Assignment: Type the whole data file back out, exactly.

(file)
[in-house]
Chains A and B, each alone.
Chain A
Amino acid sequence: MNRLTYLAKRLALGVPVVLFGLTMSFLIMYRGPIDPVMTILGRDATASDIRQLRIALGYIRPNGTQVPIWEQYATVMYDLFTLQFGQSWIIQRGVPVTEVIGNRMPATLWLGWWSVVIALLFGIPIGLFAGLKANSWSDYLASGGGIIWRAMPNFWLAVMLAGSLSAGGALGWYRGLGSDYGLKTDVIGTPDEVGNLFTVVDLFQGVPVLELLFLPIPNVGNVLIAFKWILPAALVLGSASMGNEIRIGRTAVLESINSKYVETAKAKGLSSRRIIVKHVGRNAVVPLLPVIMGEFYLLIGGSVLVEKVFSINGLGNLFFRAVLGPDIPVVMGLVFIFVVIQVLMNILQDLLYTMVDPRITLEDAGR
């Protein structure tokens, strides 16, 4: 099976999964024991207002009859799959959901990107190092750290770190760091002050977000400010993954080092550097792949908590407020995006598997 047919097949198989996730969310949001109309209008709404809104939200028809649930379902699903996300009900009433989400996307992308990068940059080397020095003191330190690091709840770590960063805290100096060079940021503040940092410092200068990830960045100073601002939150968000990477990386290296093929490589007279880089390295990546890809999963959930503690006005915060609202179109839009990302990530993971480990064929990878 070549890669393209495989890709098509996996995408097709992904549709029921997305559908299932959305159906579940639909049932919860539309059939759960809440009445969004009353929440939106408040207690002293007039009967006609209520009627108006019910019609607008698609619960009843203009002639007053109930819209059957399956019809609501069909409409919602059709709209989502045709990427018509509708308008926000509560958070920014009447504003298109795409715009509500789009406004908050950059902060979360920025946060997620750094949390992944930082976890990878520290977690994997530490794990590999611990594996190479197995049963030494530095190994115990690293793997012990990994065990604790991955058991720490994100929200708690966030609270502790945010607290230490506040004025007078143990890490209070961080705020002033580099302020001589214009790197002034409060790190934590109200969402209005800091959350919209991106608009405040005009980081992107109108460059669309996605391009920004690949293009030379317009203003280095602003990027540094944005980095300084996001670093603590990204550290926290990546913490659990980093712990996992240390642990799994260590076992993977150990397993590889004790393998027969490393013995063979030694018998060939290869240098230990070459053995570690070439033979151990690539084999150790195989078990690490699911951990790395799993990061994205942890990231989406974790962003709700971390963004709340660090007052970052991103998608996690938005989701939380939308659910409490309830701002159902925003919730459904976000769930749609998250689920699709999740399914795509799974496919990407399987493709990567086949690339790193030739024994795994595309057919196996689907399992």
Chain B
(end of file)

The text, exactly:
[in-house]
Chains A and B, each alone.
Chain A
Amino acid sequence: MNRLTYLAKRLALGVPVVLFGLTMSFLIMYRGPIDPVMTILGRDATASDIRQLRIALGYIRPNGTQVPIWEQYATVMYDLFTLQFGQSWIIQRGVPVTEVIGNRMPATLWLGWWSVVIALLFGIPIGLFAGLKANSWSDYLASGGGIIWRAMPNFWLAVMLAGSLSAGGALGWYRGLGSDYGLKTDVIGTPDEVGNLFTVVDLFQGVPVLELLFLPIPNVGNVLIAFKWILPAALVLGSASMGNEIRIGRTAVLESINSKYVETAKAKGLSSRRIIVKHVGRNAVVPLLPVIMGEFYLLIGGSVLVEKVFSINGLGNLFFRAVLGPDIPVVMGLVFIFVVIQVLMNILQDLLYTMVDPRITLEDAGR
């Protein structure tokens, strides 16, 4: 099976999964024991207002009859799959959901990107190092750290770190760091002050977000400010993954080092550097792949908590407020995006598997 047919097949198989996730969310949001109309209008709404809104939200028809649930379902699903996300009900009433989400996307992308990068940059080397020095003191330190690091709840770590960063805290100096060079940021503040940092410092200068990830960045100073601002939150968000990477990386290296093929490589007279880089390295990546890809999963959930503690006005915060609202179109839009990302990530993971480990064929990878 070549890669393209495989890709098509996996995408097709992904549709029921997305559908299932959305159906579940639909049932919860539309059939759960809440009445969004009353929440939106408040207690002293007039009967006609209520009627108006019910019609607008698609619960009843203009002639007053109930819209059957399956019809609501069909409409919602059709709209989502045709990427018509509708308008926000509560958070920014009447504003298109795409715009509500789009406004908050950059902060979360920025946060997620750094949390992944930082976890990878520290977690994997530490794990590999611990594996190479197995049963030494530095190994115990690293793997012990990994065990604790991955058991720490994100929200708690966030609270502790945010607290230490506040004025007078143990890490209070961080705020002033580099302020001589214009790197002034409060790190934590109200969402209005800091959350919209991106608009405040005009980081992107109108460059669309996605391009920004690949293009030379317009203003280095602003990027540094944005980095300084996001670093603590990204550290926290990546913490659990980093712990996992240390642990799994260590076992993977150990397993590889004790393998027969490393013995063979030694018998060939290869240098230990070459053995570690070439033979151990690539084999150790195989078990690490699911951990790395799993990061994205942890990231989406974790962003709700971390963004709340660090007052970052991103998608996690938005989701939380939308659910409490309830701002159902925003919730459904976000769930749609998250689920699709999740399914795509799974496919990407399987493709990567086949690339790193030739024994795994595309057919196996689907399992």
Chain B